Background: As research continues to focus on the development of new treatments for Alzheimer's disease (AD), and the selection of suitable subjects for clinical trials becomes increasingly important, the ability to reliably identify patients in the early or pre-symptomatic stages of the disease, and particularly those with amnestic mild cognitive impairment (aMCI) is desirable. The aim of this study is to classify subjects from the Alzheimer's Disease Neuroimaging Initiative (ADNI), based on a regional analysis of their baseline and 12-month FDG-PET scans, as healthy controls (HC), or as having either aMCI or AD.
Methods: Image data were obtained from 179 subjects (37 AD, 94 aMCI, 48 HC), whose baseline and 12-month FDG-PET scans were each realigned into the space of their corresponding baseline MRI, in which hippocampal masks were automatically generated for both timepoints. The signal intensity per cubic millimetre was determined in the hippocampus for both the baseline and 12-month FDG-PET scans, and the difference between the two calculated. Global variations in the cerebral metabolic rate of glucose between subjects were accounted for using the recently proposed "reference cluster" method, in which areas of apparent hypermetabolism between patients and controls (relatively unaffected by the disease) are extracted from the image data and used for normalisation.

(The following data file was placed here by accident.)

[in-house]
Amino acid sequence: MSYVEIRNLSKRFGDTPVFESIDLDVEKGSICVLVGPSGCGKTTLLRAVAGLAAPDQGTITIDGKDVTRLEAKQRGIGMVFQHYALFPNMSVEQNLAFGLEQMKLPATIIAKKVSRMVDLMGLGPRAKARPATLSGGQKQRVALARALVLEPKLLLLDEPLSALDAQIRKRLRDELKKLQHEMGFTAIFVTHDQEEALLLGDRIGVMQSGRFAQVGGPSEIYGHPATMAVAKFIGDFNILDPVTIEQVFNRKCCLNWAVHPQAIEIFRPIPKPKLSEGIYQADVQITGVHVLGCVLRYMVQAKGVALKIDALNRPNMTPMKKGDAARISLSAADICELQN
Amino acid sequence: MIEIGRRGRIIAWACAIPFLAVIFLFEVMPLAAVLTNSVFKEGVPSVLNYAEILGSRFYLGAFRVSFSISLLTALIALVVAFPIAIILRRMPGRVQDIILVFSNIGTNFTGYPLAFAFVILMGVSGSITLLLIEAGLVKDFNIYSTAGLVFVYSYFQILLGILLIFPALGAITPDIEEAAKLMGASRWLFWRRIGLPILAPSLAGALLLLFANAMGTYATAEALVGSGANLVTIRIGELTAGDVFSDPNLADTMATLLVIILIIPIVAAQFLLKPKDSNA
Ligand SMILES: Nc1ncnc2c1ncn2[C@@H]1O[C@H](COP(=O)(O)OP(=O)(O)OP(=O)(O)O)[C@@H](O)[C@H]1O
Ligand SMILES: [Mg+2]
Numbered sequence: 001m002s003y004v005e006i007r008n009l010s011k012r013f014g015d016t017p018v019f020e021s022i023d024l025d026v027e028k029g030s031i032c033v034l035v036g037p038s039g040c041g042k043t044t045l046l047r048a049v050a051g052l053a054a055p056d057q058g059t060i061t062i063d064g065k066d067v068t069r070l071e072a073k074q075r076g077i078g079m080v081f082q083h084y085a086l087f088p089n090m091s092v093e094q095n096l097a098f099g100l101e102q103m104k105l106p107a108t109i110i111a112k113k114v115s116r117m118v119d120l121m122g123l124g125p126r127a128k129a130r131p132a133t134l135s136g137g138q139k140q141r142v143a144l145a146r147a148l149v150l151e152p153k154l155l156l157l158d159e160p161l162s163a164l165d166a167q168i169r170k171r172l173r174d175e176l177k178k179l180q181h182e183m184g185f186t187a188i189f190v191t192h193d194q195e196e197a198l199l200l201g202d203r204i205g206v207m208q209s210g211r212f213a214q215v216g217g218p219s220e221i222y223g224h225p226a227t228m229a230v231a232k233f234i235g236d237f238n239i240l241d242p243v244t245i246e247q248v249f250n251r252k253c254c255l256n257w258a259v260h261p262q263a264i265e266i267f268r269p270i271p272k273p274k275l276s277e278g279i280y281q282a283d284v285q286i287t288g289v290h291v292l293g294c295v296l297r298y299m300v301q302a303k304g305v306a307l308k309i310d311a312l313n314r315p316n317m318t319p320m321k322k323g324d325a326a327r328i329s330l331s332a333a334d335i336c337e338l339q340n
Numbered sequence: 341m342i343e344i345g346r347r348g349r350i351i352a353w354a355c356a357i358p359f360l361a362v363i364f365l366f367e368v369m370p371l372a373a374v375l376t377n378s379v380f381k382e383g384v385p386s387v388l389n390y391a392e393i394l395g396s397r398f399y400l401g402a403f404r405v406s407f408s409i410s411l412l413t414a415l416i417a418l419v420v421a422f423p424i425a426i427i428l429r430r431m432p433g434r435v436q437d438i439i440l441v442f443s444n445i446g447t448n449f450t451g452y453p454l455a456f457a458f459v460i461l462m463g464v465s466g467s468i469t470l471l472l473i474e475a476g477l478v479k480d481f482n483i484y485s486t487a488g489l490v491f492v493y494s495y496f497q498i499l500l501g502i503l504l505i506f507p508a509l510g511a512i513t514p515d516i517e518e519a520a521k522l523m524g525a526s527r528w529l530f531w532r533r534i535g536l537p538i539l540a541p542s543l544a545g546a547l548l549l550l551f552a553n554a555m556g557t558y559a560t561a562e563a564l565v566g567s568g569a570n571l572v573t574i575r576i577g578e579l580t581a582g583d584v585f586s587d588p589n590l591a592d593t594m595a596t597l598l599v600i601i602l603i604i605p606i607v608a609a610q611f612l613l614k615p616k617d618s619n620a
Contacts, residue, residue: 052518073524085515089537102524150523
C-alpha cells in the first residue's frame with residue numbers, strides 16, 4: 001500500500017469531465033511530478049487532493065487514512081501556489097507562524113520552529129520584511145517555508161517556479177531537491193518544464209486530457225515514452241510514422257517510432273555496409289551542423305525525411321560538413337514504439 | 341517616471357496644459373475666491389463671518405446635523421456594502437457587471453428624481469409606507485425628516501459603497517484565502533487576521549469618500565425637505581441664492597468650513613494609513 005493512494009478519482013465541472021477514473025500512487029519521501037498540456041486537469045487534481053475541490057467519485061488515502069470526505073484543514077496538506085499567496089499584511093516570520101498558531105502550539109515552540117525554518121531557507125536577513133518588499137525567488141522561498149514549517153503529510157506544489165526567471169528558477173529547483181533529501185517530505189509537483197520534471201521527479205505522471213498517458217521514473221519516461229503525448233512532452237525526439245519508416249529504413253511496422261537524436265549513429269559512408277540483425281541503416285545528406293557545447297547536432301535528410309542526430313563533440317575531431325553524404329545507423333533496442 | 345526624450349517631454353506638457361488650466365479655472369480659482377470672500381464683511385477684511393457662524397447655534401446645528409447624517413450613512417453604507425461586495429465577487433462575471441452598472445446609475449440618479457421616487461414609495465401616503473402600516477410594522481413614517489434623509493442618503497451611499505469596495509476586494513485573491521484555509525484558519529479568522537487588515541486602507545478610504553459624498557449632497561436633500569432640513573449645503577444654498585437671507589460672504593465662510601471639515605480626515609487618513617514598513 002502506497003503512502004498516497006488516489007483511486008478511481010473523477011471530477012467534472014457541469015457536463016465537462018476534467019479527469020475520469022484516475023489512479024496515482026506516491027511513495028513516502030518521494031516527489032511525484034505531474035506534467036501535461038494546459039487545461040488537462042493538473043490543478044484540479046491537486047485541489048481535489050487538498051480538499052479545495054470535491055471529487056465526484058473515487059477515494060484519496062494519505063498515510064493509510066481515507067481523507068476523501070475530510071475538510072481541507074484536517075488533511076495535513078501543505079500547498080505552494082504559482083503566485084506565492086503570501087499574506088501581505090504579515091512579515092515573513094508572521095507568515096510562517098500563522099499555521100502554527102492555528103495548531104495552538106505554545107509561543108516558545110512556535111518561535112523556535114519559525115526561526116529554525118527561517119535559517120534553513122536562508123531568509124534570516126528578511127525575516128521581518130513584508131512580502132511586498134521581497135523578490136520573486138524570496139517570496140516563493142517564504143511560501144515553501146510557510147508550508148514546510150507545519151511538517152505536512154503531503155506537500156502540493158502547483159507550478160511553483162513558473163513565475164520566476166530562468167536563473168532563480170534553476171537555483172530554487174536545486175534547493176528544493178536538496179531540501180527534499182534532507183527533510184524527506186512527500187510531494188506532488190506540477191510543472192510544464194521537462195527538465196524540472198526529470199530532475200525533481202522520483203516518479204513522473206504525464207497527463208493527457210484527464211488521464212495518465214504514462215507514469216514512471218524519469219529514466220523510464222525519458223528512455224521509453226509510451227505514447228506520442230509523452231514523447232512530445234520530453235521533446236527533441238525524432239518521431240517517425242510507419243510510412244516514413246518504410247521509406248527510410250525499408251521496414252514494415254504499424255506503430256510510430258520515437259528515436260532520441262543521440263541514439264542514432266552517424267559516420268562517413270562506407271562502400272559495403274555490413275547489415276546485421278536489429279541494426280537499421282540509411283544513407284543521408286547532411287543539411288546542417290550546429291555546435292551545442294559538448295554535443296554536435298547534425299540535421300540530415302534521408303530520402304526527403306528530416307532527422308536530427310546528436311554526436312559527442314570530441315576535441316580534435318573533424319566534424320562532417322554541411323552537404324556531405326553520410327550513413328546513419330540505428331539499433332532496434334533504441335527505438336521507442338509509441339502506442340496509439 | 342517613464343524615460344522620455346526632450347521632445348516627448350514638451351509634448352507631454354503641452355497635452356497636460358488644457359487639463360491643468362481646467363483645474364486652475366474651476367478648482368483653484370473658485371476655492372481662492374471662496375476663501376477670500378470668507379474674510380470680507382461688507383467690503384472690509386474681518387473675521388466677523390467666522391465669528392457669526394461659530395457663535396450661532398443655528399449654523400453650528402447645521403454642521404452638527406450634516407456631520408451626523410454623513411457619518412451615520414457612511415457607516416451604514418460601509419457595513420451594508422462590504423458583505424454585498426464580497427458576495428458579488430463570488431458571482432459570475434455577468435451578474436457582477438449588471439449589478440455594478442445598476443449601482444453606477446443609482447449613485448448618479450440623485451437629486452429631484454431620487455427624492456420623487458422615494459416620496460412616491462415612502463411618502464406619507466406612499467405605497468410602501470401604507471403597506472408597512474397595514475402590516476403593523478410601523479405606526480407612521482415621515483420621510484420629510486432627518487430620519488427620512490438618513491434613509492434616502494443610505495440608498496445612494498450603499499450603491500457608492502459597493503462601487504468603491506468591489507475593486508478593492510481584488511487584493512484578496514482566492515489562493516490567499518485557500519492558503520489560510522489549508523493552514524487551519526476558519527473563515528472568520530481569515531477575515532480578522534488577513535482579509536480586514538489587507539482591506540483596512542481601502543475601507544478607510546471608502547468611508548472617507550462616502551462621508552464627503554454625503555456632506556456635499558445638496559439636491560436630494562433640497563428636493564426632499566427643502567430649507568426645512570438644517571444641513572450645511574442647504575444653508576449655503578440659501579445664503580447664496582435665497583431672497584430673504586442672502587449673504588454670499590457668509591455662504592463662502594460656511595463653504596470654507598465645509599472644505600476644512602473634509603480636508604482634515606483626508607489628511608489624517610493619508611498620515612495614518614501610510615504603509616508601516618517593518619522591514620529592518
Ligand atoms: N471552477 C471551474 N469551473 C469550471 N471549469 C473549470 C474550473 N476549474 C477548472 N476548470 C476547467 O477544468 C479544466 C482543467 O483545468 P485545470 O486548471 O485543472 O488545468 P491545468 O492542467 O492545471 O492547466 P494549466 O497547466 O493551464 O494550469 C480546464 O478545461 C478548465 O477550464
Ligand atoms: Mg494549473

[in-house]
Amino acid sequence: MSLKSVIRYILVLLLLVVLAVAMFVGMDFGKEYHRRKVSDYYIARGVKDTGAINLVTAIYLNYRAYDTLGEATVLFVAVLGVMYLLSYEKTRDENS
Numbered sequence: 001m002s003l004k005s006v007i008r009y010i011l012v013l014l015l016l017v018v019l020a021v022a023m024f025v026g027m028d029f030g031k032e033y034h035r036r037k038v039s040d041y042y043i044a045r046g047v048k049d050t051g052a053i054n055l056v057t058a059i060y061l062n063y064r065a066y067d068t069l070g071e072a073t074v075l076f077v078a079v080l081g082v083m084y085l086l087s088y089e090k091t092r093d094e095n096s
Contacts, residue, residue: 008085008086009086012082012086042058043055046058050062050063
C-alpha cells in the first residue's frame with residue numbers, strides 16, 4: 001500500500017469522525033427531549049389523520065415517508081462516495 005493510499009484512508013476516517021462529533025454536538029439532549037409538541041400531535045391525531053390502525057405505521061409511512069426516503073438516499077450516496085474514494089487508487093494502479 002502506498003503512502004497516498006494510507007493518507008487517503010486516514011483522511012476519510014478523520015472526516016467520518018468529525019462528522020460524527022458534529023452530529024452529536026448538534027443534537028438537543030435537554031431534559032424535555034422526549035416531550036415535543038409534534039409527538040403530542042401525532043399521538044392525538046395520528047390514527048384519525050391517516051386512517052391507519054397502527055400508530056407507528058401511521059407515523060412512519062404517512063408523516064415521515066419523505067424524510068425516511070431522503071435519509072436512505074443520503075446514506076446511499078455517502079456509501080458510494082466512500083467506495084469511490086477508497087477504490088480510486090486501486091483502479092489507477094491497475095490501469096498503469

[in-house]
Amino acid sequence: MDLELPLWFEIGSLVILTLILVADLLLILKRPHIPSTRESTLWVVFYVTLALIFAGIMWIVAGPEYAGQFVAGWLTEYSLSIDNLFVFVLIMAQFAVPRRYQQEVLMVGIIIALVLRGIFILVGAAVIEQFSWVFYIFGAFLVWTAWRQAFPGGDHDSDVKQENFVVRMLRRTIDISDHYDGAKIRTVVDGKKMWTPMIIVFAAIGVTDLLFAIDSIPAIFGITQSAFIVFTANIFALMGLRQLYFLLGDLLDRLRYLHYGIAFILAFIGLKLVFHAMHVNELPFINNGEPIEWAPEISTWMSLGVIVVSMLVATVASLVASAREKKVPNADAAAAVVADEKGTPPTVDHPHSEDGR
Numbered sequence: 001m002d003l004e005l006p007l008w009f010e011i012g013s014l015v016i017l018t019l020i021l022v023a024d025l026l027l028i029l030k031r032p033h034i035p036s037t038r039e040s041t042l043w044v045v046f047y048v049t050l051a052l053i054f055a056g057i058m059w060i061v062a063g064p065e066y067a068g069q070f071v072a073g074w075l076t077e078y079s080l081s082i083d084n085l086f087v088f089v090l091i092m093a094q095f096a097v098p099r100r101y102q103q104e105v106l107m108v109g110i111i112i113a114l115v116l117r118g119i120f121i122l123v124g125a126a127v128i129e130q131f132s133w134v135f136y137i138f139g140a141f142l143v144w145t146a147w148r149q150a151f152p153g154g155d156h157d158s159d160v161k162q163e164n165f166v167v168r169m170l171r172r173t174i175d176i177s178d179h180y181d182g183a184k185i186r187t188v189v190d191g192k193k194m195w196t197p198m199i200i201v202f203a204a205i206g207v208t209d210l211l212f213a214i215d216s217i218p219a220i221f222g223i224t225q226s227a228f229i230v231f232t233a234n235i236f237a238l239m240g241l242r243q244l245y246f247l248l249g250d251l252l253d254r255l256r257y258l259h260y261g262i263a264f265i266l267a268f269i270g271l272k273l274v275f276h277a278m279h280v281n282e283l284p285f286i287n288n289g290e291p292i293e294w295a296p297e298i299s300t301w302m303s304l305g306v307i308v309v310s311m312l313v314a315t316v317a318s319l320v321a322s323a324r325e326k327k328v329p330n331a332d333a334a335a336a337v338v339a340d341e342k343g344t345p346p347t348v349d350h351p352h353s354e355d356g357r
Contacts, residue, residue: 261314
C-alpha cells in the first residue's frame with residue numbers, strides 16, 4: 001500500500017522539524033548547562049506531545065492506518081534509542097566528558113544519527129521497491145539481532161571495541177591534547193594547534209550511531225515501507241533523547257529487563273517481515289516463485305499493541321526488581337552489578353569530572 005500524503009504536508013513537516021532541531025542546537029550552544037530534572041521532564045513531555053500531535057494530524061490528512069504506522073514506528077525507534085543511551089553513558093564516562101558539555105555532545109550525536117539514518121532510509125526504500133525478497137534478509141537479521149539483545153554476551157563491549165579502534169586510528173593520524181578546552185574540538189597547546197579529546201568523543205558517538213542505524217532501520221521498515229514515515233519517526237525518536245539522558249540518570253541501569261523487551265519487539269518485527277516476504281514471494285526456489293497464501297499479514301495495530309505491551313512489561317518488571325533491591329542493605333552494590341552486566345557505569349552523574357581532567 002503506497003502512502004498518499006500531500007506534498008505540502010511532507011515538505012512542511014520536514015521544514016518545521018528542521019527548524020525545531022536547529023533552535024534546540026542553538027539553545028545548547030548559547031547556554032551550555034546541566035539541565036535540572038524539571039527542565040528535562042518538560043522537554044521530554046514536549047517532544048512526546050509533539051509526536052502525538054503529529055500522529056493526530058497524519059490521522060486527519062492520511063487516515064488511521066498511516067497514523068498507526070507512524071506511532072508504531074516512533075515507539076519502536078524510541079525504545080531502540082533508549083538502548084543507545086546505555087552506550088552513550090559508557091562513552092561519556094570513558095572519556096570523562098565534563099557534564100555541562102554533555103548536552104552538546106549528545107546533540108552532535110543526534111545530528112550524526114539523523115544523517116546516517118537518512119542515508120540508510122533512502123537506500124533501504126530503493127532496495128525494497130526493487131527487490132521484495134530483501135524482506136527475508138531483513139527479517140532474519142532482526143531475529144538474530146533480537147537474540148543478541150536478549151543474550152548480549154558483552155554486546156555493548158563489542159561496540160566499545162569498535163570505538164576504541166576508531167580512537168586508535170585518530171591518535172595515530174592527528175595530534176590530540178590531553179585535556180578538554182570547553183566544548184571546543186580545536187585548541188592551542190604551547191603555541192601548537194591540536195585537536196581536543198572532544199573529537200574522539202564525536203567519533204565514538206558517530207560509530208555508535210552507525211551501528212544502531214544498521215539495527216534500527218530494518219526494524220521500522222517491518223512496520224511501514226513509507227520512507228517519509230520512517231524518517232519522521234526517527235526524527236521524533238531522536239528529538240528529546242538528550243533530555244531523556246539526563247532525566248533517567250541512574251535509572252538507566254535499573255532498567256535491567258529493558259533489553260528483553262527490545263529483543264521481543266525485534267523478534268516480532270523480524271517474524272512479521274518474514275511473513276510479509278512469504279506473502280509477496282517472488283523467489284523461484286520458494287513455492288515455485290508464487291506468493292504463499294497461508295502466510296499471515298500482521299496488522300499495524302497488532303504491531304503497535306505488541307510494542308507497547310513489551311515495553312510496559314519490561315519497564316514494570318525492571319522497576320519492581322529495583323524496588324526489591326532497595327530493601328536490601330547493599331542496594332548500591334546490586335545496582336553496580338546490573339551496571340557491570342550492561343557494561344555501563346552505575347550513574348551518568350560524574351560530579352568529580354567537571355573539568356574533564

Results: Consideration of both baseline and follow-up data provides increased classification accuracies, determined using linear discriminant analysis, compared with those obtained using the baseline data alone. Accuracy increased from 72% to 78% between AD patients and HC, 65% to 68% between aMCI patients and HC, and 58% to 61% between AD and aMCI patients.
Conclusions: This work-in-progress follows from the successful application of this regional analysis technique to baseline FDG-PET data from the ADNI, in which the features used for classification include not only the hippocampus, but all those extracted from a subject-specific segmentation consisting of 83 anatomical regions. These early results suggest that the group discrimination achieved using baseline data alone may be further improved by the inclusion of follow-up FDG-PET data.
Poster available at http://www.doc.ic.ac.uk/~krg03/ICAD2010_KRGray.pdf
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